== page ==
‘Back-to-front’ Bassists: Idiodextrous Approaches to the Double Bass in Jazz.

Gottlieb, Greg (2016) ‘Back-to-front’ Bassists: Idiodextrous Approaches to the Double Bass in Jazz. Masters thesis, Middlesex University.

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Abstract

In the history of jazz, only a very few bassists have played ‘left-handed’ on a ‘right-handed’ instrument. This ‘idiodextrous’ approach is an embodied phenomenon that affects the body-instrument interface, giving rise to unique physical and sonic consequences. Each idiodextrous bassist studied here was mostly self-taught and ‘intuitively’ applied this unconventional handedness approach to a conventional instrument. Studying this rare practice raises questions that challenge traditions of string instrument playing and expose arbitrary prejudices against unconventional handedness approaches. Since its defining trait is the ‘reversed’ order of the strings in relation to the body, idiodexterity challenges assumptions about the ideal stringings for different musical contexts. The malleability of identities and cultures in jazz is arguably more receptive to unusual handedness approaches than is the classical tradition. In the context of jazz improvisation, idiodexterity may even facilitate the development of a ‘uniquely idiodextrous’ vocabulary of musical phrases and techniques. This paper is an attempt to succinctly encompass the issues central to idiodextrous double bass in jazz, within the scope of a one-year MA by Research programme, and to make recommendations for future studies. Four main areas of research have been investigated: Instrument, Body, Identity and Vocabulary. Interviews with bassists of varying handedness approaches, with luthiers and with body experts have been employed to address this unique subject, compensating for the effective non-existence of any previous academic literature. The insights of these expert practitioners contribute new knowledge on this rare and intriguing practice.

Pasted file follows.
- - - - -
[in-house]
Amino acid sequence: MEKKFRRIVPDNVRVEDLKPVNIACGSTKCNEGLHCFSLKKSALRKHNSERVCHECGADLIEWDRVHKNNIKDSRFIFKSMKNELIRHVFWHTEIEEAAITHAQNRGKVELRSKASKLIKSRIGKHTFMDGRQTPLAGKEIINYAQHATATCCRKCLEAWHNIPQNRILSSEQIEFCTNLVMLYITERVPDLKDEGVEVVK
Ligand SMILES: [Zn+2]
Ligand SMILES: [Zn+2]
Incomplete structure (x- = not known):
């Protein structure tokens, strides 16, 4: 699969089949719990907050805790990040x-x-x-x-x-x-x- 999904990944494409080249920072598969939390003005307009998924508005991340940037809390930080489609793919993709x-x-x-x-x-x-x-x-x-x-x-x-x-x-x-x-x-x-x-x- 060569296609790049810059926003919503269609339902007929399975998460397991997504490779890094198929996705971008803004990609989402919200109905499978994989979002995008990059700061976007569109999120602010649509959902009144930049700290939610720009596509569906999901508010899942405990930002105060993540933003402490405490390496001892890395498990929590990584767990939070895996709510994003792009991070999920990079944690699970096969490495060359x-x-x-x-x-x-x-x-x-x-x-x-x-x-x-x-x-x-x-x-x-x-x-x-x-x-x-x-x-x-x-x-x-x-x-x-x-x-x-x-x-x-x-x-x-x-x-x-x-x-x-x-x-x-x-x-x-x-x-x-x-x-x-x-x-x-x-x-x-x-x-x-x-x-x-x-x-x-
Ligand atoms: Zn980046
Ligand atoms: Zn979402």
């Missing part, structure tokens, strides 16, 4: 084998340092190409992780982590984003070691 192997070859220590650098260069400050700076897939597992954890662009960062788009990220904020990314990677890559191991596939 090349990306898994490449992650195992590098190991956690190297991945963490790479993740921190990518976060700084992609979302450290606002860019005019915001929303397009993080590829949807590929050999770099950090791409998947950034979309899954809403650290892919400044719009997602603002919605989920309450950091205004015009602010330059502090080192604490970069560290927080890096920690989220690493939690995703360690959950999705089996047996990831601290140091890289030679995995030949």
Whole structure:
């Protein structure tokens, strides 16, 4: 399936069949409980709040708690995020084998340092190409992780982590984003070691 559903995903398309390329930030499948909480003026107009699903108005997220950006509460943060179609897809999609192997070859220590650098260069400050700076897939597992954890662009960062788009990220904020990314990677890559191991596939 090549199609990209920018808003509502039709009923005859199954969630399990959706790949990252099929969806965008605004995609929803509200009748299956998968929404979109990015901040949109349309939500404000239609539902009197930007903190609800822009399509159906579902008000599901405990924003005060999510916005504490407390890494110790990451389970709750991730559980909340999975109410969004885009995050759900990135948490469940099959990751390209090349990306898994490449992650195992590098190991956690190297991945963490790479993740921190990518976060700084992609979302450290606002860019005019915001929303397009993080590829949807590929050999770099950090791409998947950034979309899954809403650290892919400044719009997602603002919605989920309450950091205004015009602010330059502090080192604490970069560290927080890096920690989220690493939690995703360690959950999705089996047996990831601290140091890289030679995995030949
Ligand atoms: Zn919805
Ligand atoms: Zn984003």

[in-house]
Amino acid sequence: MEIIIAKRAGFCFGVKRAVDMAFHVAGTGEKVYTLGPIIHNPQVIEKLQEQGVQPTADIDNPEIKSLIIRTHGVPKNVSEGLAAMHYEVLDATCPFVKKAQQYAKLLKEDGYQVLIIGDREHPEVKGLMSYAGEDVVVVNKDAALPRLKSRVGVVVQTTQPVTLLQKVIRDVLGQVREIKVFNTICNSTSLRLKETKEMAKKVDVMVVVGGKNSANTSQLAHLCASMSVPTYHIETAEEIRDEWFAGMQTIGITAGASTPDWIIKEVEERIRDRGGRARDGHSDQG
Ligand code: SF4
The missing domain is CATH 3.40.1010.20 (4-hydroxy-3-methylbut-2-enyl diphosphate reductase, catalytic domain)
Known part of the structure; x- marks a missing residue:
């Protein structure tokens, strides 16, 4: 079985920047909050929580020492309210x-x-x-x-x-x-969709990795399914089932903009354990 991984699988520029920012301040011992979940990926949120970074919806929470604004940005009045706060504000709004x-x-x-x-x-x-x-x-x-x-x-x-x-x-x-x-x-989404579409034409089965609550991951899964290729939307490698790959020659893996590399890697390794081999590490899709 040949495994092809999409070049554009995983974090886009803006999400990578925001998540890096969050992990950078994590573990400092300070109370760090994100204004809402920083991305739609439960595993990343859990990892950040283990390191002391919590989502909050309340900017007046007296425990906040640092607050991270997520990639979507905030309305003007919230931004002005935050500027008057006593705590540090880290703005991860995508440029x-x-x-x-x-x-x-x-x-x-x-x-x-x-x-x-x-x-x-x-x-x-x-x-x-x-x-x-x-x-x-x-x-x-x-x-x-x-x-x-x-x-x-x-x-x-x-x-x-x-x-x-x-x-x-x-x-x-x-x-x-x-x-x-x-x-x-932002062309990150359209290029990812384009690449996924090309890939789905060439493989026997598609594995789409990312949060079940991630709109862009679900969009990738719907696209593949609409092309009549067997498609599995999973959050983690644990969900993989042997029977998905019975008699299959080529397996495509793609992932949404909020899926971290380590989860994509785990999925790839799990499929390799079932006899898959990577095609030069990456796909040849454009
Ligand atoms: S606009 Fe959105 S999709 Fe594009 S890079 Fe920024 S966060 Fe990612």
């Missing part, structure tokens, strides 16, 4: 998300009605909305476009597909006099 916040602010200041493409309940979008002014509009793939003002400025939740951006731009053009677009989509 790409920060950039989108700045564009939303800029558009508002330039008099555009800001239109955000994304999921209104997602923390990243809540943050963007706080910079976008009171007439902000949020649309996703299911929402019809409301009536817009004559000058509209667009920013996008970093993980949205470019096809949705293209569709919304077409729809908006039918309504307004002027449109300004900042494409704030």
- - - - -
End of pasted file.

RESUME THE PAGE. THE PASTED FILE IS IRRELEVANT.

Item Type: Thesis (Masters)
Research Areas: A. > School of Media and Performing Arts
B. > Theses
Item ID: 20818
Depositing User: Users 5077 not found.
Date Deposited: 26 Oct 2016 11:51
Last Modified: 06 Dec 2016 17:19
URI: http://eprints.mdx.ac.uk/id/eprint/20818

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